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EdTech Update





BFTP: Upstream costs, downstream savings

According to this blog post, I have now been using an iPad for about five years. Had you asked me, I would have said three. I remember being shocked at the 2010 ISTE (first year name changed from NECC) conference how many attendees were already using this new and different device. From 2010...

Finding Time
Each time I pass the picture I take a few seconds to straighten it. On its single nail, heavy tread makes it tilt. I always have the extra seconds to make it straight, but I never have the precious minute needed to get the second nail to straighten it permanently. In 50 Words

One argument for teachers spending time to learn a complex technology is that once mastered, the technology will eventually result in time savings. As Zach commented on this blog, "I usually try and use the sales pitch - climb the learning curve and you save a ton of time later on."

And I too have preached this sermon for years: upstream costs = downstream savings.

But I am not sure there is any time cost/benefit formula that can be applied across the board to "technology." Taking the time to learn and create a macro for keyboarding a long and often used address seems to have an immediate and direct time savings. Learning to use Moodle to supplement a F2F class that still meets five days a week, I wonder? Or learning to use a digital camera and to edit video using iMovie and to upload the videos to server to create a source for students to watch or rewatch a lesson? Hmmmmmm, the pay back time seems pretty long to me. Value = time learning/time saved (and figure in a variable for the length of time to reach the savings).

I have two learning tasks this weekend: to figure out as much as I can about my new iPad 3G that arrived on schedule yesterday (thank you FedEx) and to experiment with GoogleWave* that we just turned on as a part of GoogleApps for Education. Will either the iPad or Wave make me** and, more importantly, my librarians and teachers more productive - short or long term? Any district technology leader ought to make these sorts of evaluations a high priority.

And, yes, I know it doesn't always have to be about productivity. I learned quickly to stream Netflix videos and find NPR broadcasts on the iPad. Nothing wrong with having fun with a new toy as well.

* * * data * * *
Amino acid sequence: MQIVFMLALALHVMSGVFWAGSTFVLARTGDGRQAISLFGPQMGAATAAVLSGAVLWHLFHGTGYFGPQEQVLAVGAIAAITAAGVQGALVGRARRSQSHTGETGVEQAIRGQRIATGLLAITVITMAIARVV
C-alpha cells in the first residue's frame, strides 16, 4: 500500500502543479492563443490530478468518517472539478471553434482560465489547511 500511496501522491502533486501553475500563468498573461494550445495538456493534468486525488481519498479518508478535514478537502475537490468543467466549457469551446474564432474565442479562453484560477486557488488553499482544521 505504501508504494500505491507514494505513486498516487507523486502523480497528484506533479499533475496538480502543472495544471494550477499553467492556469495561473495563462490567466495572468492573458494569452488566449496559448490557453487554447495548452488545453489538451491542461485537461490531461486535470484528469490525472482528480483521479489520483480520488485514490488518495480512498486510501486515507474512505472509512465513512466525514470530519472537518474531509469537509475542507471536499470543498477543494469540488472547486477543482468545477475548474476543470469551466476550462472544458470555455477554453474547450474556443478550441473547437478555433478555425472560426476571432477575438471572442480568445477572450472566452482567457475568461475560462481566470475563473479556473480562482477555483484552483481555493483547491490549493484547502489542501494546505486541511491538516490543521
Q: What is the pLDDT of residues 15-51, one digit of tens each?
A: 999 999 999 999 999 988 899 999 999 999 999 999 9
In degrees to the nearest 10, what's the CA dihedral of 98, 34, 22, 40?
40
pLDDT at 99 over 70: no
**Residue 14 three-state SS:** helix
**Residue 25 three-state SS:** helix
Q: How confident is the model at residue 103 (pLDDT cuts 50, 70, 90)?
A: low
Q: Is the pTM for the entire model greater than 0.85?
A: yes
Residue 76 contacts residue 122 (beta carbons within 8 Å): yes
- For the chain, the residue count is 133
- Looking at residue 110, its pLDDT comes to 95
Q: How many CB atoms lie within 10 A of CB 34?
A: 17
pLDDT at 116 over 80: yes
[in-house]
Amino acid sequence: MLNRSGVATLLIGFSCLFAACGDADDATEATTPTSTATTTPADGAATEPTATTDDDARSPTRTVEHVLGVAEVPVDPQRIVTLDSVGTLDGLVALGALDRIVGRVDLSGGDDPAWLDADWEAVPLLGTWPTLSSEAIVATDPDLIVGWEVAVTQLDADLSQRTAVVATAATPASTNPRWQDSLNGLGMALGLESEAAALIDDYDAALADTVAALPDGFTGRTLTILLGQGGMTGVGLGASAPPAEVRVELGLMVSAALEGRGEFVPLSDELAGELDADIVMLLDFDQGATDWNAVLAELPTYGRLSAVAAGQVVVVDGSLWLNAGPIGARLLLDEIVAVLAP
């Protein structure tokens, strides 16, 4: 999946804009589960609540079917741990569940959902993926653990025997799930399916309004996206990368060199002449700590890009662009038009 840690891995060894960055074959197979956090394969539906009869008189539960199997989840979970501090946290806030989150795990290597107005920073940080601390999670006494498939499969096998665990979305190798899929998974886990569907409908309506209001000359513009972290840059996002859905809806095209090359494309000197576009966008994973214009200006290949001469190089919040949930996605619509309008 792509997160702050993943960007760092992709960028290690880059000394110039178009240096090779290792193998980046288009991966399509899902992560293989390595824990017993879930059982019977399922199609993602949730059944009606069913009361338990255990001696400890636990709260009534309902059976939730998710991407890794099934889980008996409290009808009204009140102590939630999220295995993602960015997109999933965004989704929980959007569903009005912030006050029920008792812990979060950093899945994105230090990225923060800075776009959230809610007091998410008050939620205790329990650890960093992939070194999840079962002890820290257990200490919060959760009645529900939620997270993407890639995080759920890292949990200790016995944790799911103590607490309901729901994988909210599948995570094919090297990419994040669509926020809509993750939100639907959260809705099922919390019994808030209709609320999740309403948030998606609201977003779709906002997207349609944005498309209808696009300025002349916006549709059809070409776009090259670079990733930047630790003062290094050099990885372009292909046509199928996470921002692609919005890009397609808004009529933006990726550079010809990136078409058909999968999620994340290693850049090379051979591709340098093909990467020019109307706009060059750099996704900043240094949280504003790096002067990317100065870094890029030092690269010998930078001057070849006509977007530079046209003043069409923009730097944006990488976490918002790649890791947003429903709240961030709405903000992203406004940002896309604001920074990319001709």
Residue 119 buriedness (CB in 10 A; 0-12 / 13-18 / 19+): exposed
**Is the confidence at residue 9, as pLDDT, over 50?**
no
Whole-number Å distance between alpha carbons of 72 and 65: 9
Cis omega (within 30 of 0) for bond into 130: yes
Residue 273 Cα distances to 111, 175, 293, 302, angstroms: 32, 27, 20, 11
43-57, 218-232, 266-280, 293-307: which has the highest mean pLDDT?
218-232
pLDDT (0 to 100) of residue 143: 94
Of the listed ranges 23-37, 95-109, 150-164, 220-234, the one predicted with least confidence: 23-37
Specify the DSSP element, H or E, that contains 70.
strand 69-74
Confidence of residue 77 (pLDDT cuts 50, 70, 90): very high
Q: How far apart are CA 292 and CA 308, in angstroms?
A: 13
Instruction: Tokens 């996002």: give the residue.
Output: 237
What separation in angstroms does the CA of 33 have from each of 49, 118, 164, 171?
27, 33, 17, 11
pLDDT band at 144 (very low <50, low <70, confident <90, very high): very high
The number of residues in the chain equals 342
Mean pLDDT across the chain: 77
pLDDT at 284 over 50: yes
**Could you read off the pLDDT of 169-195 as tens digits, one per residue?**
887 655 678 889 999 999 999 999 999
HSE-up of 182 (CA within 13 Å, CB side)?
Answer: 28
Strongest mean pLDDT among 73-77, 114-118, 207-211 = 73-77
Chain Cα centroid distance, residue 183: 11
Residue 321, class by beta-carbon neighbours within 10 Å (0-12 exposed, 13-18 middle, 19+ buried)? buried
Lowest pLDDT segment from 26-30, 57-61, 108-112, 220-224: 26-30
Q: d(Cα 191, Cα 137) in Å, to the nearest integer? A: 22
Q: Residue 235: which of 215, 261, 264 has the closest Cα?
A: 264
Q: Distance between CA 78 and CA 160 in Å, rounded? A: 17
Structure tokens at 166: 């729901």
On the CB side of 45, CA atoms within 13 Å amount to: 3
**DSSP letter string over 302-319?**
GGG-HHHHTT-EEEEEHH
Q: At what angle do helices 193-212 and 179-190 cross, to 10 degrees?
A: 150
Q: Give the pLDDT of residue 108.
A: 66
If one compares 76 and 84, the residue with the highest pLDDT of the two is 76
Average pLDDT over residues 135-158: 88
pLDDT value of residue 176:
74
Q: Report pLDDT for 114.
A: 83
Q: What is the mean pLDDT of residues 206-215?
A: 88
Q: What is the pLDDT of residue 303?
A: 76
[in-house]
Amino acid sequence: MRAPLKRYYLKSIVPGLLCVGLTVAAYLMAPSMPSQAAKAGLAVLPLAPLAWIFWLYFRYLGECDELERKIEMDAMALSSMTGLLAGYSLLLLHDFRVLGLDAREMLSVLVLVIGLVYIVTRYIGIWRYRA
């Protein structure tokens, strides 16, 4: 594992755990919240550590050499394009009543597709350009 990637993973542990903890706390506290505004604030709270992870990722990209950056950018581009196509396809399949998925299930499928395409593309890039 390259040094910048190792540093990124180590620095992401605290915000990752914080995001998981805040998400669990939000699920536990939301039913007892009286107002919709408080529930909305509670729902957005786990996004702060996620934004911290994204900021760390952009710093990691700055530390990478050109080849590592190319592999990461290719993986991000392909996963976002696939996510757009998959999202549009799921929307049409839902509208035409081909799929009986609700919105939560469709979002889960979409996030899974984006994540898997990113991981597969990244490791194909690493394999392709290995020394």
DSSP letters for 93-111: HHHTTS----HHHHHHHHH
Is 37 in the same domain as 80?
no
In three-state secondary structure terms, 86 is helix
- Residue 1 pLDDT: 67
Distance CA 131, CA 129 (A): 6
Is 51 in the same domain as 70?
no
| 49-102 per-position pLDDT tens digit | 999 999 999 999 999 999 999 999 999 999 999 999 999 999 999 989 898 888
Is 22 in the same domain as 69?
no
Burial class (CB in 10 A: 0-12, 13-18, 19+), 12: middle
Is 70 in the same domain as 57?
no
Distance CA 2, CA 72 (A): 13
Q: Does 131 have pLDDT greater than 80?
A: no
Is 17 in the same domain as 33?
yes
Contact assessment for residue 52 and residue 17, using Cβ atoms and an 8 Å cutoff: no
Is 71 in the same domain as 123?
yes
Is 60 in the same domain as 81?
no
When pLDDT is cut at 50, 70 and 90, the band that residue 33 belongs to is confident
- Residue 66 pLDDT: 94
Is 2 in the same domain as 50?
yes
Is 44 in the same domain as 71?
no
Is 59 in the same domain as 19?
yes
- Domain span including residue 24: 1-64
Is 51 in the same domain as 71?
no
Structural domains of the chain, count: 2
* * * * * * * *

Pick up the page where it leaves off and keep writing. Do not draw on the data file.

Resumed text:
* Does anyone even remember what GoogleWave was about?

* I think one can make the case that the "pointy-haired" boss (like me) has some value leading a tech department. Tech "enthusiasts" may overestimate the time/value quotient. I worry when schools place professional CTOs instead of former teachers in charge of a district's tech. Good security, I'm sure, but ...

Original post May 22, 2010.


Culture on my mind


: the beliefs, customs, arts, etc., of a particular society, group, place, or time

: a particular society that has its own beliefs, ways of life, art, etc.

: a way of thinking, behaving, or working that exists in a place or organization (such as a business)

What is the difference between Iowa and yogurt? Yogurt has an active culture (old Minnesota joke)

The term culture has been much on my mind recently. As a part of my district's administrative team, I participated in two more days of cultural proficiency training - practicing viewing the cultural diversity richness of our students and community as an asset rather than a problem. A very good thing for students and adults alike.

The news has been full of culturallly significant events - the legalization of gay marriage, the upholding of the Affordable Care Act, the removal of the Confederate flag from not just the government grounds in Charlotte, but from Amazon, Target, and Apple marketplaces. Gee, the goverment can work on behalf of groups other than the 1%ers.

I can't remember a week that I felt that both our school and national cultures were actually moving, changing in a positive way. Cultural change moves at the rate of the second hand on the clock. It happens but most often it is imperceptible. And that very imperceptibility can be discouraging.